Sunday, June 11 – Journey within Peru
Sunday, June 11 – Journey within Peru. (overnight stay in Cuzco)
Sacsayhuaman: (Pre-Inca Mountain Fortress).
The other group members arrived early for breakfast from their flight Lima to Cuzco. They looked exhausted seeing they got up around 5 a.m. in the morning to catch the first flight to Cuzco. We had a lovely breakfast together.
The small group (6 persons) I was in was instructed to go to San Francisco Church and Monastery in Cuzco together to connect there and do a ceremony together. One of the ladies of our group was suffering from the high altitude effects but was brave enough to come with us. One of the main themes was communication with each other.
Upon arrival on the grounds one of the ladies suggested we should express ourselves with each other and share our opinion with each other. This was for me a opportunity to apologies for what happened in the previous church in Lima to the group. Others also expressed what they wished to relate as well.
When we entered the church a mass or service was going on. We sat in the back aisle with each other for awhile. Than a lady with such a pure voice started to sing a hymn in the service and we all stood up to embrace each other in the circle. I started to sing with her and every fiber of my body reacted. We than silently went outside to buy some candles in every color of the rainbow as one of the ladies of the group suggested. By the time we returned, the mass had ended and we roomed around in the church in silence. First we went to different areas that was connected with Francisco and other monks. Than we gather at Maria’s altar and placed the candles there for everyone in silent prayer.
After this we entered the museum of the monastery. There was one burial chamber where one of the ladies placed her skull and I joined in as well with the crystal bag with the skulls and crystal plus the World Essence Spray sending blessings to the highest good of All.
We than walked back to the Hotel where someone laid out a Arthurian Legend card layout. A conversation started with the interpretation. At the end a discussion occurred between one of the man and one of the ladies. Unfortunately this discussion ended not truly in fair understanding, honor and respect for each other.
In the afternoon in the Hotel we met Fernando Escobar, his wife and son, who shared his knowledge and ceremonies with us. All together we went to Sacred Site Saqsayhuaman to connect and listen to the history of the place plus the ceremony on a hill top overlooking the Site with Fernando playing his drum and whistling. His young son had shown us where we could sit in contemplation. Fernando’s son handed us all a Chakana to wear around our neck. Deepest Gratitude Amigo.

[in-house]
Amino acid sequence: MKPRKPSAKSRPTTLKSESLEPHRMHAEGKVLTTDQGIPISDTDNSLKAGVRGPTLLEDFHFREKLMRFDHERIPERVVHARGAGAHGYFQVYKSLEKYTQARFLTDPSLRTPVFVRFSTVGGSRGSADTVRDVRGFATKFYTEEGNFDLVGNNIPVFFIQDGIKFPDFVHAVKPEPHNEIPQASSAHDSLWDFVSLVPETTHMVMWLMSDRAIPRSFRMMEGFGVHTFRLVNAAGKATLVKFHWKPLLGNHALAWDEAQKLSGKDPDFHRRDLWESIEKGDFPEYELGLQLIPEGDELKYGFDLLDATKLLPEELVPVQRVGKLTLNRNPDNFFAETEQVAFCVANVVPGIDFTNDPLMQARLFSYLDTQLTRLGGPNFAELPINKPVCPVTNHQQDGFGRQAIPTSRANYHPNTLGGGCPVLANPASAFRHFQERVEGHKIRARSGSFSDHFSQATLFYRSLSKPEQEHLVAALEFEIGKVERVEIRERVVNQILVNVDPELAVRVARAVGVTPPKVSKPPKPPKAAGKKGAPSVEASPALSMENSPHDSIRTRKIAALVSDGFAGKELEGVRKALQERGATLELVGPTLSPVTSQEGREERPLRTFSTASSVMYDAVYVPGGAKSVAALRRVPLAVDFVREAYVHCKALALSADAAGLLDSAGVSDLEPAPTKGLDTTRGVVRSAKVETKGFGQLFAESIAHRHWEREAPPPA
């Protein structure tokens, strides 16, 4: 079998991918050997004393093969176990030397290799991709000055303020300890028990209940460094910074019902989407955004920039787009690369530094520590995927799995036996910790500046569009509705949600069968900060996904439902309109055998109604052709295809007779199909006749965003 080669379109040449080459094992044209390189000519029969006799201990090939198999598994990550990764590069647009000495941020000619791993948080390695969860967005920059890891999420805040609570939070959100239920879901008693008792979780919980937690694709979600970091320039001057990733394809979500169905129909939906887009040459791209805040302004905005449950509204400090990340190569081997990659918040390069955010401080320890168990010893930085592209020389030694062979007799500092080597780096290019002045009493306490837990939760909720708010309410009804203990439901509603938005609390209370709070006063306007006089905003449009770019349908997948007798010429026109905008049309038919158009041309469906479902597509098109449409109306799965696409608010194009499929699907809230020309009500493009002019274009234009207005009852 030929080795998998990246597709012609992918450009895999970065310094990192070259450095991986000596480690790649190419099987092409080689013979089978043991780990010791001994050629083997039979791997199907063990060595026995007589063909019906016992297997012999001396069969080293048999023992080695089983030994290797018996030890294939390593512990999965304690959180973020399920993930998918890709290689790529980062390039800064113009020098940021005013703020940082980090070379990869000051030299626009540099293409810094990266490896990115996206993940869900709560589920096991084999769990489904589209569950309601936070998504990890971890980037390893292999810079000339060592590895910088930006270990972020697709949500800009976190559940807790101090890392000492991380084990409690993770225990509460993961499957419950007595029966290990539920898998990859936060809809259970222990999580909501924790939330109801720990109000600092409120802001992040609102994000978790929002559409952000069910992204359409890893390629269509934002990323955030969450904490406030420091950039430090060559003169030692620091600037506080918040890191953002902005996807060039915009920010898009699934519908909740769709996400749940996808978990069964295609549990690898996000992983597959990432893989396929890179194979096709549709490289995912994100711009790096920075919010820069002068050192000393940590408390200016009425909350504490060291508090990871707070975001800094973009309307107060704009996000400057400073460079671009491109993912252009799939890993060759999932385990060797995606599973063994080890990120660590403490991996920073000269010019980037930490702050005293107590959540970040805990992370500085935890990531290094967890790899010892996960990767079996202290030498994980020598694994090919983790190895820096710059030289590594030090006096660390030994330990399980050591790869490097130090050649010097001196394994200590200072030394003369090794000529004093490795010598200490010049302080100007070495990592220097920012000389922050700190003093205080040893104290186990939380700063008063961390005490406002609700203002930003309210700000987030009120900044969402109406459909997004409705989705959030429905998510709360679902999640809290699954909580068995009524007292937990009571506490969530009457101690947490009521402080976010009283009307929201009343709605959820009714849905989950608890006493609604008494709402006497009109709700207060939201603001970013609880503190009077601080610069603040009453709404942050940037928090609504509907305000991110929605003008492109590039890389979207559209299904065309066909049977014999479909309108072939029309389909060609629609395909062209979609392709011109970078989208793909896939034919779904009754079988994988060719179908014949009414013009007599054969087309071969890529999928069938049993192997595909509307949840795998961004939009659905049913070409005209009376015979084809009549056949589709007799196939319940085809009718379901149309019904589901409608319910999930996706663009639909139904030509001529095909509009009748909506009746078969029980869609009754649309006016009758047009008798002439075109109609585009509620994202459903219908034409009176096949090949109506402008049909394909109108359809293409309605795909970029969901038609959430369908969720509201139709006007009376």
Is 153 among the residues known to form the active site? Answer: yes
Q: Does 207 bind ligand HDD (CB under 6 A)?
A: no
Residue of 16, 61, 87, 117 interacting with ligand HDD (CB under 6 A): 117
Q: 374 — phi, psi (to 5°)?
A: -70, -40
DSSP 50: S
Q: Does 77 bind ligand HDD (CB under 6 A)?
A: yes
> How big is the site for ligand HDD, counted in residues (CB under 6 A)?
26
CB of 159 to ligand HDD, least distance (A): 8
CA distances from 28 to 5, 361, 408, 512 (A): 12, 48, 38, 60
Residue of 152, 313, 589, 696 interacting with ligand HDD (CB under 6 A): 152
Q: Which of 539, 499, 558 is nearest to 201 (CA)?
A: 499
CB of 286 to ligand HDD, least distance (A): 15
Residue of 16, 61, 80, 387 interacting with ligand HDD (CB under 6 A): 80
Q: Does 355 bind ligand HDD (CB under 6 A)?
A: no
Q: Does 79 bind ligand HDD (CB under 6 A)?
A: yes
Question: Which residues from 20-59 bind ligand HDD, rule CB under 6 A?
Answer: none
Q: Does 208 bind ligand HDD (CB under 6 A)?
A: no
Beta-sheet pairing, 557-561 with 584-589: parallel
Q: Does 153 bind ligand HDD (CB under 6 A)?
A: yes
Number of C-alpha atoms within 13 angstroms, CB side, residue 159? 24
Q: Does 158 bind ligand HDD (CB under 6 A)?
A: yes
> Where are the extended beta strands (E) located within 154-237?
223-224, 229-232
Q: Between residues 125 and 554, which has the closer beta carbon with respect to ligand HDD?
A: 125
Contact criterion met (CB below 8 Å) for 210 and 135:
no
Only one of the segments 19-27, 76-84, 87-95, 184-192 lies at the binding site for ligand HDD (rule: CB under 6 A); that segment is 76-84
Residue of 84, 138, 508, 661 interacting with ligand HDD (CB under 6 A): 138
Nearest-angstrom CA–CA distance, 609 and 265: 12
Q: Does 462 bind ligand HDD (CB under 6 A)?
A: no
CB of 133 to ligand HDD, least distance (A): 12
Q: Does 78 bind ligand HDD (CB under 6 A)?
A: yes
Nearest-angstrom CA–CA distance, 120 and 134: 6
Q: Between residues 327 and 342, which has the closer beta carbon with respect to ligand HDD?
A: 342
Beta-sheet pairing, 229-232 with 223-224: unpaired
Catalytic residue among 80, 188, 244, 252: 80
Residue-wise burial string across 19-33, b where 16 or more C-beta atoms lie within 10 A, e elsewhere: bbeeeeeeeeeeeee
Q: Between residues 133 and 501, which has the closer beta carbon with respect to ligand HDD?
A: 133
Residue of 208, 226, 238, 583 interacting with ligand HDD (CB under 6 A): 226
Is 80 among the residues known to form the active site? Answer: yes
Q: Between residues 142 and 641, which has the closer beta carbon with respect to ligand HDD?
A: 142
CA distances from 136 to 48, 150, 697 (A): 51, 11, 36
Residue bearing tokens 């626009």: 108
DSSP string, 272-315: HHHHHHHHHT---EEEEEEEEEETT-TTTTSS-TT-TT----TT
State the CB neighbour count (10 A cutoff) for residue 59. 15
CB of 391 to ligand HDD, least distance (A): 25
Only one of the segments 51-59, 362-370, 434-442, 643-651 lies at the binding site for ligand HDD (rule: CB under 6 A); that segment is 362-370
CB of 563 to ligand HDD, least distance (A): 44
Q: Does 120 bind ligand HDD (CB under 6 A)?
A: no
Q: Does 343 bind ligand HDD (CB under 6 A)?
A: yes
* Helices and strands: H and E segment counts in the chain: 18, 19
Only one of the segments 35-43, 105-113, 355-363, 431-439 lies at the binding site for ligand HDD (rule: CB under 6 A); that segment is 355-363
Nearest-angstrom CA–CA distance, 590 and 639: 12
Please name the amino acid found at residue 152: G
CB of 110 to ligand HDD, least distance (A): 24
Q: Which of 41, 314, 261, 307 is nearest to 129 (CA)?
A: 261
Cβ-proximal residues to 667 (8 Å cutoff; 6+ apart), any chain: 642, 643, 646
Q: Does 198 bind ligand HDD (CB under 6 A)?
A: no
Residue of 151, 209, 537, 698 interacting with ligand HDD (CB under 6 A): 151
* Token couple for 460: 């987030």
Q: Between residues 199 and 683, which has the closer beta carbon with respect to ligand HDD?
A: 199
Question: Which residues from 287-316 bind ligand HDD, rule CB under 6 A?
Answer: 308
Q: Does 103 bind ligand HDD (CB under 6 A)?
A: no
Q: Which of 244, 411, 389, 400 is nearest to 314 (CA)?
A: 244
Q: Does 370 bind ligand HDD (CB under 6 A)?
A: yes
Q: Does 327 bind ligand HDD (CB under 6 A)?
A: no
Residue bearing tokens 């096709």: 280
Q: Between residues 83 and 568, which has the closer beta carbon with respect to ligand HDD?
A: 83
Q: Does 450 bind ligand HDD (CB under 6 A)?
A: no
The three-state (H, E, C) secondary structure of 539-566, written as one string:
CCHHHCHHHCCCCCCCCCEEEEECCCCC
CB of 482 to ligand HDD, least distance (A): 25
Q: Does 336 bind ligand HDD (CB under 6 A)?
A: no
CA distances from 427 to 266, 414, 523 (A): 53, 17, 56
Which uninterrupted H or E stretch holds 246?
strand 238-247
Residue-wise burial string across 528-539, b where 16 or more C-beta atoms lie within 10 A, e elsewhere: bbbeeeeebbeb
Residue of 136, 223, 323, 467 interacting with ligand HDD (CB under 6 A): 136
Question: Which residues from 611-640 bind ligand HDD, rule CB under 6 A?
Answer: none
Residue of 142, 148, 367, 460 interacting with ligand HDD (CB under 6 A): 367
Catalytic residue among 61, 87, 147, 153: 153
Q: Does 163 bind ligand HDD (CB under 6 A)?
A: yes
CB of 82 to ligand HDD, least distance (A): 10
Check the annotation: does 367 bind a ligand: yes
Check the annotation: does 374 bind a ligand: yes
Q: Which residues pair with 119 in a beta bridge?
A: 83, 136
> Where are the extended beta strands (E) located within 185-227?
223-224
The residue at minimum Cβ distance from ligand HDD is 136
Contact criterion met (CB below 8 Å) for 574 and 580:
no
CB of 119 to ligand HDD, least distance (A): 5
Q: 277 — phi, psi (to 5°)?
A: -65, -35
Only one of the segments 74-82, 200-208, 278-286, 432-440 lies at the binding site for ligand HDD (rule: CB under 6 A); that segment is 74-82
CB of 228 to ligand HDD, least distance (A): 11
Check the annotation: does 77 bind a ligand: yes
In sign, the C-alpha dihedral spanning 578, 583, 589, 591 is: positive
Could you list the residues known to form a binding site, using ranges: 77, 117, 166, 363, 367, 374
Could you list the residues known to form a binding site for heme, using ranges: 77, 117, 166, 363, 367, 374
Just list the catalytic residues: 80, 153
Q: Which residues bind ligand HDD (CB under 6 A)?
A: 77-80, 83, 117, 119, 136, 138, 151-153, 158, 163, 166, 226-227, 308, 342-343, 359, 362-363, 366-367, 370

In the evening we were free to go wherever we wished too.
Chant: Ahau, Cauac, Muluc, Ik, CAUAC
KIN 19 – Blue Rhythmic Storm of the Crystal Rabbit Moon of Cooperation, light code 19:6:13 to organise resources and bring it efficiently into balance in your life within the catalyzation of self generative energy flow to transform and heal. You feel Blue Storm when the truth is being suppressed. Within the natural supportive spiral movement of Unconditional Love and Universal Consciousness the onward move is within transformation to be spiraled into the challenged, strengthened and creation of opportunity of Trusting the purification especially the emotions to be what is and observing without judgement. As the hidden power within reveals the communication breath of Spirit.
Planets: Pluto, Mercury, Uranus
Tone 6 is to balance and organize equality
Located on the outskirts of the ancient Inca capital of Cuzco. It rests on an artificially levelled mountaintop, and consists of three outer lines of gargantuan walls, 1,500 ft. long and 54 ft. wide, surrounding a paved area containing a circular stone structure believed to be a solar calendar. The ruins also include a 500,000-gallon water reservoir, storage cisterns, ramps, citadels and underground chambers
Sacsayhuaman was built overlooking the Inca navel off Cuzco (Cusco). The ‘fortress’ is composed of three large terraced walls, which are said to represent the ‘Teeth of the Jaguar’ (The original city of Cuzco was said to have been in the shape of a jaguar). Above the magnificent terraces are the remains of circular structure called Muyuqmarka.
Sacsayhuaman in Quechua the language means “Satisfied Falcon”
Although it is commonly referred to as a ‘fortress‘, the early chroniclers were unanimous in their opinion that it had a reputation as a Royal House of the Sun:
* Garcilaso de la Vega, who sates in his “Comentarios Reales” (“Royal Comments”) that people from Cusco knew, from ancient times, that this architectonic complex was actually a Royal House of the Sun. In chapter VI of his Seventh Book he says: “…an Inca with royal blood left the fortress as a messenger of the Sun…he left the fortress and not the Temple of the Sun, because it was said that he was a messenger of war not of peace, that the fortress was the House of the Sun”.
* Pedro Cieza de León, Spanish chronicler of the conquest times, states in his book “El Señorío de los Incas” (“The Incan Dominion”) that the Royal House of the Sun was located to the north of the city of Cusco, within a collado.
* Martín de Murúa, also a Spanish chronicler, states that Sacsayhuamán “…was, at first, the House of the Sun, and nowadays it is only a witness of its ruin”.